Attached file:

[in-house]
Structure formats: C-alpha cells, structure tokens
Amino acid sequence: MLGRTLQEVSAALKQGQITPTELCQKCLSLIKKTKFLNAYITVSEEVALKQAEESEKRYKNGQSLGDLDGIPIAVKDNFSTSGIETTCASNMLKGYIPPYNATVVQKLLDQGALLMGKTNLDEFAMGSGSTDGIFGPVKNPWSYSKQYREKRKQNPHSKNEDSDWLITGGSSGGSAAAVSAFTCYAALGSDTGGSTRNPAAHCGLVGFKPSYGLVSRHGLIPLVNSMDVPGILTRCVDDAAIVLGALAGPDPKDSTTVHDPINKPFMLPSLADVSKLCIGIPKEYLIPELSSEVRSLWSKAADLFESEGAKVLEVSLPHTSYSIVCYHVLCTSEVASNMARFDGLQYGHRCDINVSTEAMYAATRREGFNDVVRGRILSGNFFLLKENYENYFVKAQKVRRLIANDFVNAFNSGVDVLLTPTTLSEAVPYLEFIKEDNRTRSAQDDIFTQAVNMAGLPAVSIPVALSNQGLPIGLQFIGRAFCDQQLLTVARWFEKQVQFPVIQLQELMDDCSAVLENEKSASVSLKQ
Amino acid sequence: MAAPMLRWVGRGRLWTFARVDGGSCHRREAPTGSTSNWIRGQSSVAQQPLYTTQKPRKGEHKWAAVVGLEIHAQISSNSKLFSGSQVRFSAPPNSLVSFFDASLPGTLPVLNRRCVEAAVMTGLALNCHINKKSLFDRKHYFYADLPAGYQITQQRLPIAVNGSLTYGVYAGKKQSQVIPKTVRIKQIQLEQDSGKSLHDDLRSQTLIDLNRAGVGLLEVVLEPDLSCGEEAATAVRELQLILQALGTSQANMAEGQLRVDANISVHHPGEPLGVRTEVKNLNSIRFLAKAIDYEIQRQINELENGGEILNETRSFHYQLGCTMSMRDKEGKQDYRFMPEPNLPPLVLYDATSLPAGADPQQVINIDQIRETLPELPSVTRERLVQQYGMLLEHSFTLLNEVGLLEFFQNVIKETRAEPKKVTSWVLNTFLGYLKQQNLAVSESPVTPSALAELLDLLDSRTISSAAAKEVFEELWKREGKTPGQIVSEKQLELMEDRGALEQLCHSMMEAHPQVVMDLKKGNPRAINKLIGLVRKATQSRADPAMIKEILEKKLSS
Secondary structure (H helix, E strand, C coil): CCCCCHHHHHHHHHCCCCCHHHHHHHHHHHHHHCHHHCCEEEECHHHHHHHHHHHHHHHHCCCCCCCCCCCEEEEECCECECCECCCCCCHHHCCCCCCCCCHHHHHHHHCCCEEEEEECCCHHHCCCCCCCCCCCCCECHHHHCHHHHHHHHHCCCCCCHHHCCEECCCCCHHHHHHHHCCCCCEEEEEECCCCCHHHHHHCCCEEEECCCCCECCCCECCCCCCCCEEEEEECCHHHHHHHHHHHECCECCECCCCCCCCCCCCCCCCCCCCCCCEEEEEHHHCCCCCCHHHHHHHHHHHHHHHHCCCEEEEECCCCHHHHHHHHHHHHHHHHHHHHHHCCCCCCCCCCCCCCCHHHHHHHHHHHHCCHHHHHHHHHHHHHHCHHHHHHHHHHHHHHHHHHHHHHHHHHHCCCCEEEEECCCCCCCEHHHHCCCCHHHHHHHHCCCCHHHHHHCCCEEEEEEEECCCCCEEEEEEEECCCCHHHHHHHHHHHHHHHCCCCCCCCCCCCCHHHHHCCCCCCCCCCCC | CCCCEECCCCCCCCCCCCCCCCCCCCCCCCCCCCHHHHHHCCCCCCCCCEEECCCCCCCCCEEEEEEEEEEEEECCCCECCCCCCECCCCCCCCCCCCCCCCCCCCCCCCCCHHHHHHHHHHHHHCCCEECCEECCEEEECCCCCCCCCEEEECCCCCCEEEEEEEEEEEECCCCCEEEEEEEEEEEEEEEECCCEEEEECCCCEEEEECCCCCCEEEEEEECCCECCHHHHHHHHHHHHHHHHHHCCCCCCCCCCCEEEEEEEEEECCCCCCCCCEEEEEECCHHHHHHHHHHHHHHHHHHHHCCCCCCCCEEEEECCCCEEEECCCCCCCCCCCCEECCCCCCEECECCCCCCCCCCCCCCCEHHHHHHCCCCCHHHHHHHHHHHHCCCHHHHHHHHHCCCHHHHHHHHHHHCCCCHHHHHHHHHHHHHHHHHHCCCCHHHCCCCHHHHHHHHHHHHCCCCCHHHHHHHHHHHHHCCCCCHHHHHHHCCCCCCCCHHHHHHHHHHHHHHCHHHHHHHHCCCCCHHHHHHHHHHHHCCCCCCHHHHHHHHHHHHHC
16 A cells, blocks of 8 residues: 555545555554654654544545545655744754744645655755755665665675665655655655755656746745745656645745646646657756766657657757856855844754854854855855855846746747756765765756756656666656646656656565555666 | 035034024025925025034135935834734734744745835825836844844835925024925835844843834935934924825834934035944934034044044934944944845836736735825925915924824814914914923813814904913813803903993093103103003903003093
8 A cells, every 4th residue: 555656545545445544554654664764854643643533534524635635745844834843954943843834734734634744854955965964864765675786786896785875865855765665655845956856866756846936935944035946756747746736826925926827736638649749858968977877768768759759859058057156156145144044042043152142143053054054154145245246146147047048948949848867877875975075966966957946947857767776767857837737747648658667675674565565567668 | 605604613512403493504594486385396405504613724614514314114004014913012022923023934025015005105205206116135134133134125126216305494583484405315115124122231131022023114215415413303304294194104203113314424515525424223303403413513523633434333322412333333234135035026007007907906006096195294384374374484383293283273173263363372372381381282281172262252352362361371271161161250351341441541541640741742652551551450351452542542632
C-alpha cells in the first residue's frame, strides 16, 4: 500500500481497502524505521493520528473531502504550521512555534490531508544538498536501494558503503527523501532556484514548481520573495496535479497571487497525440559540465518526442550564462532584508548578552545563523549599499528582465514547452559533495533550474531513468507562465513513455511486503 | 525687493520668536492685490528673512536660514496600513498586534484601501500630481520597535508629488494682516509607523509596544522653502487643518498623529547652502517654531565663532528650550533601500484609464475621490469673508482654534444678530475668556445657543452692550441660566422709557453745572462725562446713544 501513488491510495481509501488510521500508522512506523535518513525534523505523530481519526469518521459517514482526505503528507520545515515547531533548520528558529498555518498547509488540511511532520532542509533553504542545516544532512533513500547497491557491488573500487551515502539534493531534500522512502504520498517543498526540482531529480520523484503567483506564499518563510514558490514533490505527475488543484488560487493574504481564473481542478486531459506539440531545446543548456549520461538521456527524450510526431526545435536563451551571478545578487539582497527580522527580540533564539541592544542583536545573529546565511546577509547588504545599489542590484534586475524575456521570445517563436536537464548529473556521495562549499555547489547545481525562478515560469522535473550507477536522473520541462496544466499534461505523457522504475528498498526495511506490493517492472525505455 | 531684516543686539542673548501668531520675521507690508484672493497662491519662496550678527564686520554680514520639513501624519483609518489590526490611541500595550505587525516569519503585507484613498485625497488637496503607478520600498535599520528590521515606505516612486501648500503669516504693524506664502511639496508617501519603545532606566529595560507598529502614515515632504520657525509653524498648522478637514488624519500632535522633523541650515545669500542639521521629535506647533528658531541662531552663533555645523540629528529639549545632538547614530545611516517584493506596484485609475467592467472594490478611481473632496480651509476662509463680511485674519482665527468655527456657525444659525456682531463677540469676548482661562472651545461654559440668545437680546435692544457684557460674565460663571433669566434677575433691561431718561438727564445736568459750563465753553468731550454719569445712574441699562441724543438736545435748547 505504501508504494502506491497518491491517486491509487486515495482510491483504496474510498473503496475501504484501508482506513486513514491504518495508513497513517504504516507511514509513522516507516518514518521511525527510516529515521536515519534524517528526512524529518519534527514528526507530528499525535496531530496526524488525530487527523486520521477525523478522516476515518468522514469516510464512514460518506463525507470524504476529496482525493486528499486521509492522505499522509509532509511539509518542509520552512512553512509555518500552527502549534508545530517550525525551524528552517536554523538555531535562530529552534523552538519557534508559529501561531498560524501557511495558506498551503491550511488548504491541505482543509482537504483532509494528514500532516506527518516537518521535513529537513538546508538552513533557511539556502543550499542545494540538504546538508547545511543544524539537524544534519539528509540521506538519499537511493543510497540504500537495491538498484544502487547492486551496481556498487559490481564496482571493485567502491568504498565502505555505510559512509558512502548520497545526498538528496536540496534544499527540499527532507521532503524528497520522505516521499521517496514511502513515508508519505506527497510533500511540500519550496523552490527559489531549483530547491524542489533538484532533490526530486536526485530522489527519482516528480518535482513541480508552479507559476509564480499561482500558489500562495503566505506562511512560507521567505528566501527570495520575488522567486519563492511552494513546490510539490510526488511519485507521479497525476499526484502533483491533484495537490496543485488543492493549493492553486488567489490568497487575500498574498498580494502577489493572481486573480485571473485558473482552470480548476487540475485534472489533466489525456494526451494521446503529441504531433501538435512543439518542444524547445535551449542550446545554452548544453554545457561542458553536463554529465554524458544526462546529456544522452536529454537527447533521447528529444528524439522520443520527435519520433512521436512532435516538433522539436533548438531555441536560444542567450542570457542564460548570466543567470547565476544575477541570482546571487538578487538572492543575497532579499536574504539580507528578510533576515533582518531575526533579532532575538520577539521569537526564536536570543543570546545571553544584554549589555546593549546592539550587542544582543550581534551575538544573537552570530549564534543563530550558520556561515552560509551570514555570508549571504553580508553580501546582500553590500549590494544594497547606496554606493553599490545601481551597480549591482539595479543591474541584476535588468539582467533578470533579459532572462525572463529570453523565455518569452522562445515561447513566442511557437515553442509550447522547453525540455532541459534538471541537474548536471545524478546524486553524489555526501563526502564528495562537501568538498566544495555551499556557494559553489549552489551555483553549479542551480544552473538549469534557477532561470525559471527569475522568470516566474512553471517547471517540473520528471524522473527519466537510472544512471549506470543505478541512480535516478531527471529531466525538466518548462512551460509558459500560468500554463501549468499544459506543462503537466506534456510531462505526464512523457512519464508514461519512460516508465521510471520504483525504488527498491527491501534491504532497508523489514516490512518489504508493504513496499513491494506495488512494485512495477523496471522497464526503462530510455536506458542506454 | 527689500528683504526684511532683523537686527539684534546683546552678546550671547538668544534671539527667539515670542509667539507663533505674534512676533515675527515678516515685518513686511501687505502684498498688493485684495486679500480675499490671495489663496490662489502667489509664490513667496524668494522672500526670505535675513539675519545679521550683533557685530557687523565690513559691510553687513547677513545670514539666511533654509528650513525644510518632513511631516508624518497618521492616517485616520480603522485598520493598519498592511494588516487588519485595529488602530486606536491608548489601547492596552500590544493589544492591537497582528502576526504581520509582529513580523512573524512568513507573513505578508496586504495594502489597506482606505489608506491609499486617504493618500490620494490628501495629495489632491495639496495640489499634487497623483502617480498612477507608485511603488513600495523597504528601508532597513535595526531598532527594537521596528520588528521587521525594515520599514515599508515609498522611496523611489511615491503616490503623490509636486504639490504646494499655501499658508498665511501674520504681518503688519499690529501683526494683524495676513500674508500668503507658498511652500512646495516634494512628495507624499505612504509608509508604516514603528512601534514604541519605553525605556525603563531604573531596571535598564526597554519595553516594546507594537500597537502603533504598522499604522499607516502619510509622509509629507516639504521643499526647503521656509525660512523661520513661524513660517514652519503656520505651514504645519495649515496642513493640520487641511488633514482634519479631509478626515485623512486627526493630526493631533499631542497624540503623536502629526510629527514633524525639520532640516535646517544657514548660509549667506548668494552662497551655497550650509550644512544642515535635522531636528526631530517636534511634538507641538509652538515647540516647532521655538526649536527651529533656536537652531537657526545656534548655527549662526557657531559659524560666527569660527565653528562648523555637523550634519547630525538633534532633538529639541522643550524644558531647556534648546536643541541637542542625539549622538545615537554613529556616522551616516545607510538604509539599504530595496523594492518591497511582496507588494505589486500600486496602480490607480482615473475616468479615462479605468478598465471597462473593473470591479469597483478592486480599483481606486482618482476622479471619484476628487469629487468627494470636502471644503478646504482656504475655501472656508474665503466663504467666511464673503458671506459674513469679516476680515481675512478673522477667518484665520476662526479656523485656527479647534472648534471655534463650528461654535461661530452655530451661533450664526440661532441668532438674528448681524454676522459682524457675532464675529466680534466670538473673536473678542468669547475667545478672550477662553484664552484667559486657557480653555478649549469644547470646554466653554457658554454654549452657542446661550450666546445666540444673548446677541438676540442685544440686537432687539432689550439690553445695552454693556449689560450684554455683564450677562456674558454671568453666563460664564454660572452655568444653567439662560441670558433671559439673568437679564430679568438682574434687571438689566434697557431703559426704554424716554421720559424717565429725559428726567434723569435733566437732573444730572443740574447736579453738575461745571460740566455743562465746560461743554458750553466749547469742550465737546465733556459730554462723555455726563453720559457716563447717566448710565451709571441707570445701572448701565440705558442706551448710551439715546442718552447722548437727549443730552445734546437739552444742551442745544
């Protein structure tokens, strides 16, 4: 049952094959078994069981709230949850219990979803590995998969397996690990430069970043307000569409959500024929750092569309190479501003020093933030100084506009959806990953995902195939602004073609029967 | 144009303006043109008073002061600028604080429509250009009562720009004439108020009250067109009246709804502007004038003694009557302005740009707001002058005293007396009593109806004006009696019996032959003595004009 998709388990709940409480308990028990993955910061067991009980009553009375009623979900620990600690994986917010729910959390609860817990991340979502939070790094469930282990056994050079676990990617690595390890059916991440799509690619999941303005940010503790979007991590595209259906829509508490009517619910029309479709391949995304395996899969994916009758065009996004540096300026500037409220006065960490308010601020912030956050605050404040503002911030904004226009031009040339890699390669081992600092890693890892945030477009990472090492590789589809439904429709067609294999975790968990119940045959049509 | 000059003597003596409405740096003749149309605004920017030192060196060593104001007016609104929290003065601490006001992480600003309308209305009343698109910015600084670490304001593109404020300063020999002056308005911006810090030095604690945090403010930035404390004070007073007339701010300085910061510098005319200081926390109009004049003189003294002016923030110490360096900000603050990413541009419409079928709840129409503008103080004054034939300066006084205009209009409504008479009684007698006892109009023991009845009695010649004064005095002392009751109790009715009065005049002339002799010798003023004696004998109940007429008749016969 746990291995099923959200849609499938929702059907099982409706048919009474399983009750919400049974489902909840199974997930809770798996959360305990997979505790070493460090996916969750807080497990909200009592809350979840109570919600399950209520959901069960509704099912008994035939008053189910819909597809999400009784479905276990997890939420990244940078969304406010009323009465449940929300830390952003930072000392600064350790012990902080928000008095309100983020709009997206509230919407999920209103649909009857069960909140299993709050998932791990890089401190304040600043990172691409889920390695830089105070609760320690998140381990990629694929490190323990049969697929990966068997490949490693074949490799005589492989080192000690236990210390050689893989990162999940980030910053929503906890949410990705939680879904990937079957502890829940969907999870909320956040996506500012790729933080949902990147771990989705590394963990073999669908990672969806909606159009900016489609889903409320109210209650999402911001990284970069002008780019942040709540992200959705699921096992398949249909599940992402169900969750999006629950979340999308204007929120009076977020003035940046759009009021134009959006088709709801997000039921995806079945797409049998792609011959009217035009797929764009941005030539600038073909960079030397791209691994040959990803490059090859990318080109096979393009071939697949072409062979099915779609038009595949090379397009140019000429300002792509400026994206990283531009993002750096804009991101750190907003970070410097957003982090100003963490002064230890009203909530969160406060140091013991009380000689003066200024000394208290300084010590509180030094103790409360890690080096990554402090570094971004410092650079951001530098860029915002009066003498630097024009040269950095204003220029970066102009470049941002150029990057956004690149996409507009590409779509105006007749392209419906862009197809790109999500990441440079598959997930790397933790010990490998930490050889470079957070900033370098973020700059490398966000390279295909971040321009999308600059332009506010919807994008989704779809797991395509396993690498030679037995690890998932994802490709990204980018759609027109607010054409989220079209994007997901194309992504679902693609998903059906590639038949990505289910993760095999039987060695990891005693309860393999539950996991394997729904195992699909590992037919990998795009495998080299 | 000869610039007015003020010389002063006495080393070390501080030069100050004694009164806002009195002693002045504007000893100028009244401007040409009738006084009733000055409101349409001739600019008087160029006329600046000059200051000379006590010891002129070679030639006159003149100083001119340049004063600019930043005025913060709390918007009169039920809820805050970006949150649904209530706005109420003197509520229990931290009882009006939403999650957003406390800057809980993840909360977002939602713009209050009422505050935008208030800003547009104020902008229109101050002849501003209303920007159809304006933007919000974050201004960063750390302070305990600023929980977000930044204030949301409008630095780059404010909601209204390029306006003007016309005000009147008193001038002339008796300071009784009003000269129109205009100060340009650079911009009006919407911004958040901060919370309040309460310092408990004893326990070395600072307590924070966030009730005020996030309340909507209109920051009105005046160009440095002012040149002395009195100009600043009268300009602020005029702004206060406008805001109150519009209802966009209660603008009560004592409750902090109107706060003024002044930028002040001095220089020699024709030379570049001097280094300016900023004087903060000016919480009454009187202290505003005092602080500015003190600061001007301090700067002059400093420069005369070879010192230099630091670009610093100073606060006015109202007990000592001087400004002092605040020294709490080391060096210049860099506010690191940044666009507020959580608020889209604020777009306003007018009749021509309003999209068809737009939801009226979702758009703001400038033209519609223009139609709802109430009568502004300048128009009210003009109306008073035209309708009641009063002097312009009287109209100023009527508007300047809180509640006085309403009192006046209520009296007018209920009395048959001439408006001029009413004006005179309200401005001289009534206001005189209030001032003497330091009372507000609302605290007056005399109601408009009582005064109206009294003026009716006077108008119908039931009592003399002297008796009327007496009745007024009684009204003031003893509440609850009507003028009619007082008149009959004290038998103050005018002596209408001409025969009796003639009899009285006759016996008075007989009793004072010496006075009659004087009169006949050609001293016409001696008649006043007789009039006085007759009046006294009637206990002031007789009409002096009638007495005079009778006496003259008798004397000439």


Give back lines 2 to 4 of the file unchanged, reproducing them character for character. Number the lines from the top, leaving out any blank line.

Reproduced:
Structure formats: C-alpha cells, structure tokens
Amino acid sequence: MLGRTLQEVSAALKQGQITPTELCQKCLSLIKKTKFLNAYITVSEEVALKQAEESEKRYKNGQSLGDLDGIPIAVKDNFSTSGIETTCASNMLKGYIPPYNATVVQKLLDQGALLMGKTNLDEFAMGSGSTDGIFGPVKNPWSYSKQYREKRKQNPHSKNEDSDWLITGGSSGGSAAAVSAFTCYAALGSDTGGSTRNPAAHCGLVGFKPSYGLVSRHGLIPLVNSMDVPGILTRCVDDAAIVLGALAGPDPKDSTTVHDPINKPFMLPSLADVSKLCIGIPKEYLIPELSSEVRSLWSKAADLFESEGAKVLEVSLPHTSYSIVCYHVLCTSEVASNMARFDGLQYGHRCDINVSTEAMYAATRREGFNDVVRGRILSGNFFLLKENYENYFVKAQKVRRLIANDFVNAFNSGVDVLLTPTTLSEAVPYLEFIKEDNRTRSAQDDIFTQAVNMAGLPAVSIPVALSNQGLPIGLQFIGRAFCDQQLLTVARWFEKQVQFPVIQLQELMDDCSAVLENEKSASVSLKQ
Amino acid sequence: MAAPMLRWVGRGRLWTFARVDGGSCHRREAPTGSTSNWIRGQSSVAQQPLYTTQKPRKGEHKWAAVVGLEIHAQISSNSKLFSGSQVRFSAPPNSLVSFFDASLPGTLPVLNRRCVEAAVMTGLALNCHINKKSLFDRKHYFYADLPAGYQITQQRLPIAVNGSLTYGVYAGKKQSQVIPKTVRIKQIQLEQDSGKSLHDDLRSQTLIDLNRAGVGLLEVVLEPDLSCGEEAATAVRELQLILQALGTSQANMAEGQLRVDANISVHHPGEPLGVRTEVKNLNSIRFLAKAIDYEIQRQINELENGGEILNETRSFHYQLGCTMSMRDKEGKQDYRFMPEPNLPPLVLYDATSLPAGADPQQVINIDQIRETLPELPSVTRERLVQQYGMLLEHSFTLLNEVGLLEFFQNVIKETRAEPKKVTSWVLNTFLGYLKQQNLAVSESPVTPSALAELLDLLDSRTISSAAAKEVFEELWKREGKTPGQIVSEKQLELMEDRGALEQLCHSMMEAHPQVVMDLKKGNPRAINKLIGLVRKATQSRADPAMIKEILEKKLSS